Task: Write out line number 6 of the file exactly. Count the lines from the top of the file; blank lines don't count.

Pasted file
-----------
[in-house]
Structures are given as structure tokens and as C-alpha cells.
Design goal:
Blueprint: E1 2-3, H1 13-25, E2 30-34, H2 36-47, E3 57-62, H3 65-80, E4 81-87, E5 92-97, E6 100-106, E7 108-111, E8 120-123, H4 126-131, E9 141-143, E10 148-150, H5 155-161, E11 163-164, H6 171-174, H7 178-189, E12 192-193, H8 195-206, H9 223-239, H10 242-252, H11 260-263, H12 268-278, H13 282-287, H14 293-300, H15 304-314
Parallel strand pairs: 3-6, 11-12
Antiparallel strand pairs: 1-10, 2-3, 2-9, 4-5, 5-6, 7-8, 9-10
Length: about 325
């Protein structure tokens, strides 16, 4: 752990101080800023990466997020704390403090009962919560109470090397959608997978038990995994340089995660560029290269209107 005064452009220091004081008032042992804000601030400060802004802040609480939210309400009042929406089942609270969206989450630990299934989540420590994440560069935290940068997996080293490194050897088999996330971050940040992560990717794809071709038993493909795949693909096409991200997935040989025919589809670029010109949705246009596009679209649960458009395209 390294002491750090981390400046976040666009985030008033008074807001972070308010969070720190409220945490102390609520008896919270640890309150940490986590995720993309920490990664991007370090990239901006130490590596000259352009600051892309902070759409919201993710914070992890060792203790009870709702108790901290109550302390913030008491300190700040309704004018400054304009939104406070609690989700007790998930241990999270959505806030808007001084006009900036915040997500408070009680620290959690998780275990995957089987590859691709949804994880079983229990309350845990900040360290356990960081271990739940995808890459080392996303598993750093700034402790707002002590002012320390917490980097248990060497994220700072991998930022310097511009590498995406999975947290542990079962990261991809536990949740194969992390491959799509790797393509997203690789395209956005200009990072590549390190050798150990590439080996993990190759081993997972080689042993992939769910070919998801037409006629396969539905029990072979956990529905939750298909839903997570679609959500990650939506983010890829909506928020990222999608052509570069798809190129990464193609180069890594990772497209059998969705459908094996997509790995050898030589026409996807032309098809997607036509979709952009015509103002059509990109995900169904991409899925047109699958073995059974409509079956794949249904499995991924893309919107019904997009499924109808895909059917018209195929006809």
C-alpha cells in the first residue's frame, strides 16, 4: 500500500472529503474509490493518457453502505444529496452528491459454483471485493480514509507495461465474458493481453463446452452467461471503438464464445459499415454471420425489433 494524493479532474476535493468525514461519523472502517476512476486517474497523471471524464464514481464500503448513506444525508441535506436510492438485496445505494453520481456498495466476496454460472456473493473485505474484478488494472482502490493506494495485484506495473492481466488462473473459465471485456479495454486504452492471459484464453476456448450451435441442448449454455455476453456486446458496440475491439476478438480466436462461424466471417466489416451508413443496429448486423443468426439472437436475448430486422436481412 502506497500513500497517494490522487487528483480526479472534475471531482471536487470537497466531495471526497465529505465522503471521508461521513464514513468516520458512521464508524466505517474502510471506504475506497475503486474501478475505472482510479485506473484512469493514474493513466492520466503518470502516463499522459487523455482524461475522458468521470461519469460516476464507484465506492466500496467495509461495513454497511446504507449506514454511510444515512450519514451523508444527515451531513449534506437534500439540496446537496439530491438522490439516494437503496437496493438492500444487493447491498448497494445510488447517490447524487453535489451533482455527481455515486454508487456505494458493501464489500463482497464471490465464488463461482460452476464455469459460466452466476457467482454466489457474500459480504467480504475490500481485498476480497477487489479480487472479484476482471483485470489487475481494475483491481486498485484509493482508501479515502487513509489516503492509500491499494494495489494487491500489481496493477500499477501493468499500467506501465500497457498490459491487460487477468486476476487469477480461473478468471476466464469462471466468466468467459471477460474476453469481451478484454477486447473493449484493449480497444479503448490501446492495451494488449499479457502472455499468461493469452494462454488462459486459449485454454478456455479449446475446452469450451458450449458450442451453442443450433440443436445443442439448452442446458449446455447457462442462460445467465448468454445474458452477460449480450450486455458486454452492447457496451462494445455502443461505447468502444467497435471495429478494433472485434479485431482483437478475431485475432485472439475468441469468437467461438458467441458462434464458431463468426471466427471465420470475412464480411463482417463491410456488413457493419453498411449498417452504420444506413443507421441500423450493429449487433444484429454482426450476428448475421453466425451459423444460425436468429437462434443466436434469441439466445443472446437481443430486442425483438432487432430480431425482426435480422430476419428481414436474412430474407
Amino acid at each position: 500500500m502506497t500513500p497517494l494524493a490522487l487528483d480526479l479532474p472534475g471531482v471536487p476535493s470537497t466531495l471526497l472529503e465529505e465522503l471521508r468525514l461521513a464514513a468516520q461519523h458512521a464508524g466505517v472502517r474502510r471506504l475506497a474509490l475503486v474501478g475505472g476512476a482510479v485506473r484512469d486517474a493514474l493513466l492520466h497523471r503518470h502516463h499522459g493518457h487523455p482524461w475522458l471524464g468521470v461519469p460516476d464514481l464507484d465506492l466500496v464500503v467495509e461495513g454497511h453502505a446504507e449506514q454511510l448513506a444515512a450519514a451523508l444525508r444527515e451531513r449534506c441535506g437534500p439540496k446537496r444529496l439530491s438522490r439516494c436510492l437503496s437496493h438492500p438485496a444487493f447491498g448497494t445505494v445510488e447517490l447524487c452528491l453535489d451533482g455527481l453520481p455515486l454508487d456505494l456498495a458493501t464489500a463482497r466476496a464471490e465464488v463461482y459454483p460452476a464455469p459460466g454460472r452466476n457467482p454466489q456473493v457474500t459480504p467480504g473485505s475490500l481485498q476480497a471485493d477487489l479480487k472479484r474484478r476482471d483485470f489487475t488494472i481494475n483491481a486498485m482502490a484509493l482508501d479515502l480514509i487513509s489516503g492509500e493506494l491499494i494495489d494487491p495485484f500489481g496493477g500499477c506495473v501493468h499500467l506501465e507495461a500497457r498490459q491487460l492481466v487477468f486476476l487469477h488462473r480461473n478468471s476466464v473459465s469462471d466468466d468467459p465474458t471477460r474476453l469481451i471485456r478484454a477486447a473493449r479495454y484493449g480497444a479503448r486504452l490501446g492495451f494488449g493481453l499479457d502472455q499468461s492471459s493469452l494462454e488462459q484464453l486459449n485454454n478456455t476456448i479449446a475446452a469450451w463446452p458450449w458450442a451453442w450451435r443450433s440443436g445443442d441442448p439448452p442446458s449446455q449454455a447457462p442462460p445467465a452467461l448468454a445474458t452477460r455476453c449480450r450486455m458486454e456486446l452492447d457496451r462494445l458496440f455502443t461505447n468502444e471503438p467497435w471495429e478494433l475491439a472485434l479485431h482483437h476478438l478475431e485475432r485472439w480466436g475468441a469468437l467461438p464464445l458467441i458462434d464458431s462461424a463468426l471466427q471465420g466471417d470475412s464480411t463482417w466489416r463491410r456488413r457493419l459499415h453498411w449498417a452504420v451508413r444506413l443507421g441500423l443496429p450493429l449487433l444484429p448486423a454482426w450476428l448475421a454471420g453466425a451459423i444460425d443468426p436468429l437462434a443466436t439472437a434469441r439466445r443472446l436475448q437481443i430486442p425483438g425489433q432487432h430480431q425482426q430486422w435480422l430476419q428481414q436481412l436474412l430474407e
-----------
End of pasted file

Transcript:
Antiparallel strand pairs: 1-10, 2-3, 2-9, 4-5, 5-6, 7-8, 9-10